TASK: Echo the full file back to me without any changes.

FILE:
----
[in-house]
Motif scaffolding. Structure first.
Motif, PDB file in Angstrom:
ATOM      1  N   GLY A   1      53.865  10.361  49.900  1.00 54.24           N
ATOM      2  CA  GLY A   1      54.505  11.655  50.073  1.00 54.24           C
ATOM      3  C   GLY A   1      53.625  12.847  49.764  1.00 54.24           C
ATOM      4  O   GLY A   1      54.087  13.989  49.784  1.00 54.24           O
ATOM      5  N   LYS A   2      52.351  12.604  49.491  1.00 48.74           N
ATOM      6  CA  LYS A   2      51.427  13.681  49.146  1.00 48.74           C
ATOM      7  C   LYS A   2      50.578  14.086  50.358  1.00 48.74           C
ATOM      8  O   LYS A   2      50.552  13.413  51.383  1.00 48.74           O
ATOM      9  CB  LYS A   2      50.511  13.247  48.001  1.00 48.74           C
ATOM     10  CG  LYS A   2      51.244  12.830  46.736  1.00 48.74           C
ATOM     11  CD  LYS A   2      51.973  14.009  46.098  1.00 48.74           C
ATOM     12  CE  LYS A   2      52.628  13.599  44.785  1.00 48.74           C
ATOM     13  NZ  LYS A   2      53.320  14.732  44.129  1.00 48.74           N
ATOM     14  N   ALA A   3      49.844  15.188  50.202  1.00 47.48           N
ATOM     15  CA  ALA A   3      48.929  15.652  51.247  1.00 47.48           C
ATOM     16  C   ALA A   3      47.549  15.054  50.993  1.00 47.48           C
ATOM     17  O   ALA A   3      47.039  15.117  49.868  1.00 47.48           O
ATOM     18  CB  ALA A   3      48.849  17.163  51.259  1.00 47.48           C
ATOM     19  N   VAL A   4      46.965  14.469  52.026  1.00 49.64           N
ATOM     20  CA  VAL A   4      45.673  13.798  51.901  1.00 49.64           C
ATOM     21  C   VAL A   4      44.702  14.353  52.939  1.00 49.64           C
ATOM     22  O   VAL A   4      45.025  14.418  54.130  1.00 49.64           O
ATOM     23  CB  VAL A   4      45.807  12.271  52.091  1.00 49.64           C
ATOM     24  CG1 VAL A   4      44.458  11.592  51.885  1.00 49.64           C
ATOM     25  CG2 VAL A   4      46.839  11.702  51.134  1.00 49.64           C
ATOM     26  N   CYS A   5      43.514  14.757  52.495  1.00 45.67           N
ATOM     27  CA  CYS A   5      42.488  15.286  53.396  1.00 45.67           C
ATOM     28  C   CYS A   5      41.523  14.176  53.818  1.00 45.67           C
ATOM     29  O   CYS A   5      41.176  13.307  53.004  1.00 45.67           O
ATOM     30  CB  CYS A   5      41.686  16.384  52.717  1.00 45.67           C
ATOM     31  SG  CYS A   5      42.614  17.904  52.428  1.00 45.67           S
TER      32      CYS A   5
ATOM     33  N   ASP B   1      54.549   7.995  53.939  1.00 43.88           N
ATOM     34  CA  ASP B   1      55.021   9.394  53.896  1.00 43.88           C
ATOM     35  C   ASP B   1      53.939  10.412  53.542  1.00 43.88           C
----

[in-house]
Motif scaffolding. Structure first.
Motif, PDB file in Angstrom:
ATOM      1  N   GLY A   1      53.865  10.361  49.900  1.00 54.24           N
ATOM      2  CA  GLY A   1      54.505  11.655  50.073  1.00 54.24           C
ATOM      3  C   GLY A   1      53.625  12.847  49.764  1.00 54.24           C
ATOM      4  O   GLY A   1      54.087  13.989  49.784  1.00 54.24           O
ATOM      5  N   LYS A   2      52.351  12.604  49.491  1.00 48.74           N
ATOM      6  CA  LYS A   2      51.427  13.681  49.146  1.00 48.74           C
ATOM      7  C   LYS A   2      50.578  14.086  50.358  1.00 48.74           C
ATOM      8  O   LYS A   2      50.552  13.413  51.383  1.00 48.74           O
ATOM      9  CB  LYS A   2      50.511  13.247  48.001  1.00 48.74           C
ATOM     10  CG  LYS A   2      51.244  12.830  46.736  1.00 48.74           C
ATOM     11  CD  LYS A   2      51.973  14.009  46.098  1.00 48.74           C
ATOM     12  CE  LYS A   2      52.628  13.599  44.785  1.00 48.74           C
ATOM     13  NZ  LYS A   2      53.320  14.732  44.129  1.00 48.74           N
ATOM     14  N   ALA A   3      49.844  15.188  50.202  1.00 47.48           N
ATOM     15  CA  ALA A   3      48.929  15.652  51.247  1.00 47.48           C
ATOM     16  C   ALA A   3      47.549  15.054  50.993  1.00 47.48           C
ATOM     17  O   ALA A   3      47.039  15.117  49.868  1.00 47.48           O
ATOM     18  CB  ALA A   3      48.849  17.163  51.259  1.00 47.48           C
ATOM     19  N   VAL A   4      46.965  14.469  52.026  1.00 49.64           N
ATOM     20  CA  VAL A   4      45.673  13.798  51.901  1.00 49.64           C
ATOM     21  C   VAL A   4      44.702  14.353  52.939  1.00 49.64           C
ATOM     22  O   VAL A   4      45.025  14.418  54.130  1.00 49.64           O
ATOM     23  CB  VAL A   4      45.807  12.271  52.091  1.00 49.64           C
ATOM     24  CG1 VAL A   4      44.458  11.592  51.885  1.00 49.64           C
ATOM     25  CG2 VAL A   4      46.839  11.702  51.134  1.00 49.64           C
ATOM     26  N   CYS A   5      43.514  14.757  52.495  1.00 45.67           N
ATOM     27  CA  CYS A   5      42.488  15.286  53.396  1.00 45.67           C
ATOM     28  C   CYS A   5      41.523  14.176  53.818  1.00 45.67           C
ATOM     29  O   CYS A   5      41.176  13.307  53.004  1.00 45.67           O
ATOM     30  CB  CYS A   5      41.686  16.384  52.717  1.00 45.67           C
ATOM     31  SG  CYS A   5      42.614  17.904  52.428  1.00 45.67           S
TER      32      CYS A   5
ATOM     33  N   ASP B   1      54.549   7.995  53.939  1.00 43.88           N
ATOM     34  CA  ASP B   1      55.021   9.394  53.896  1.00 43.88           C
ATOM     35  C   ASP B   1      53.939  10.412  53.542  1.00 43.88           C